Councilmember Krekorian Cancels Magnolia Boulevard Widening

City will only proceed with project's safety and rainwater components

Magnolia Boulevard today looks different than it did in 1999. Photo by Joe Linton/Streetsblog L.A.
Magnolia Boulevard today looks different than it did in 1999. Photo by Joe Linton/Streetsblog L.A.
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Responding to community concerns, L.A. City Councilmember Paul Krekorian today announced that the city will not be further widening Magnolia Boulevard in North Hollywood. Other project components will proceed: improved sidewalks, drainage upgrades, new flashing-beacon crosswalks, curb extensions, and a new left turn pocket.

As of last February, the city was planning to spend $10 million – mostly Metro grant funding – to widen a half mile of Magnolia to conform to an outdated 1999 roadway standard. That designated road width standard had been revised in 2015 to make the project unnecessary, but the city’s plans were moving ahead because some of the funding had been approved before the 2015 revision. The project was repeatedly opposed by the NoHo Neighborhood Council. Locals were critical of the project’s sidewalk narrowing, tree removal, construction noise, and adding more car traffic to a walkable neighborhood.

Kudos to councilmember Krekorian for listening and for re-negotating the project to better serve today’s North Hollywood.

In today’s email newsletter, Krekorian’s full announcement reads:

Krekorian Brings Pedestrian Safety Improvements to North Hollywood

Long before [the] Councilmember joined the Council, the City and Metro planned to use federal funding for a project to widen the north side of Magnolia Boulevard between Vineland Avenue and Cahuenga Boulevard. The project would have added a traffic lane and reduced the width of the sidewalk in order to increase motor vehicle capacity. The project has been widely unpopular in the community, largely because it would be inconsistent with the goals of making NoHo more walkable and safer for all road users.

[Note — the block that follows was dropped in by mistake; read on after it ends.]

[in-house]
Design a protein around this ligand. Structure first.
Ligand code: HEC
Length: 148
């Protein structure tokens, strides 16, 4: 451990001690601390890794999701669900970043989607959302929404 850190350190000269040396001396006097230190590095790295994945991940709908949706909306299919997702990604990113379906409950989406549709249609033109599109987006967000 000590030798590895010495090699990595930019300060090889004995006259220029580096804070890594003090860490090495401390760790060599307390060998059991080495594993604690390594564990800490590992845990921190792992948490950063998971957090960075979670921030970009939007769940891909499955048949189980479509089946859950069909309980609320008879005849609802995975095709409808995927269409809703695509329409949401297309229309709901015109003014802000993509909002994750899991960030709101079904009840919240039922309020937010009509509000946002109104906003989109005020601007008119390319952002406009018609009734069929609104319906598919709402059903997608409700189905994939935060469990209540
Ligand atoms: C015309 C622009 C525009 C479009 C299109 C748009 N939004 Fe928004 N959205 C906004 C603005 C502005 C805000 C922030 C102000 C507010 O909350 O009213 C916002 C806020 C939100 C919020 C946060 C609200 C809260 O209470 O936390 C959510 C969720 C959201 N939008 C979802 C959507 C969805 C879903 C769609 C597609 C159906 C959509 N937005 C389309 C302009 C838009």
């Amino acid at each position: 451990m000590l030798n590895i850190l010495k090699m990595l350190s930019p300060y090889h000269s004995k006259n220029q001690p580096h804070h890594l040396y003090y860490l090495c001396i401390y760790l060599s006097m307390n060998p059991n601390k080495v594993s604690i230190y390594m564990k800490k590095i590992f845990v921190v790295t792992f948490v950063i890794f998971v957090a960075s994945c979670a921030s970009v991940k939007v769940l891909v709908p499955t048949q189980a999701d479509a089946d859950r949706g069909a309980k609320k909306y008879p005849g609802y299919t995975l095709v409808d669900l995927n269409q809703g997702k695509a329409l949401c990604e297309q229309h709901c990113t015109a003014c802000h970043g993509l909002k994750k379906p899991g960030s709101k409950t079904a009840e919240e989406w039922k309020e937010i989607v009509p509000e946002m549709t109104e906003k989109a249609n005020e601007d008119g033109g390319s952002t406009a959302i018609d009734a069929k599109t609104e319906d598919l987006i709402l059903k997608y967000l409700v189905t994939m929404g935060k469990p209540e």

For nearly three years, Councilmember Krekorian has worked closely with the community, the Bureau of Engineering (BOE), and the Department of Transportation (LADOT) to reimagine this project in a way that would better serve the needs of the community and promote traffic safety. After extensive community outreach and countless hours of work with BOE and LADOT, Councilmember Krekorian has ensured that the City will not be widening the street or adding a traffic lane.

Instead, upon Councilmember Krekorian’s direction, the City has reshaped and rescoped the project consistent with community interests. Under the new project plan, the City will improve the existing sidewalks, add 13 new catch basins to help control flooding, add two new pedestrian crosswalks with Hybrid Flashing Beacons (at Cartwright Avenue and at Satsuma Avenue), add a protected Left Turn pocket on Vineland and Magnolia Blvd., add 13 curb extensions and other improvements the new direction for the project will promote pedestrian safety, improve the environment, increase accessibility and at the same time make conditions better for vehicular traffic.

The Metro Board of Directors (on which Councilmember Krekorian sits) has already approved the latest version of the project.

BOE and LADOT will be presenting the completely transformed project to the NoHo Neighborhood Council at its general board meeting on Monday, Nov. 30th. The meeting will begin at 7:00 p.m. For more information about the new project proposal, visit https://eng.lacity.org/magnolia.

Updated 4:30 p.m. Streetsblog received the following statement from Paul Storiale, President of the NoHo Neighborhood Council:

Today’s announcement is a win for our community. We would like to thank those who heard our voices. The importance of this project lies in creating the future of this community and that is obviously on the mind of our Councilman, Paul Krekorian.

The NoHo Neighborhood Council was opposed to the project as it was originally presented.

We live, work, and play within one of the fastest growing communities in the city of Los Angeles. Besides the reduction of flooding and added crosswalks, we are in desperate need of the widening of all sidewalks to create a safe place for pedestrians alongside safer pathways for alternate forms of transportation.

Our board members are looking very much forward to the updated details at our monthly board meeting on November 30th.

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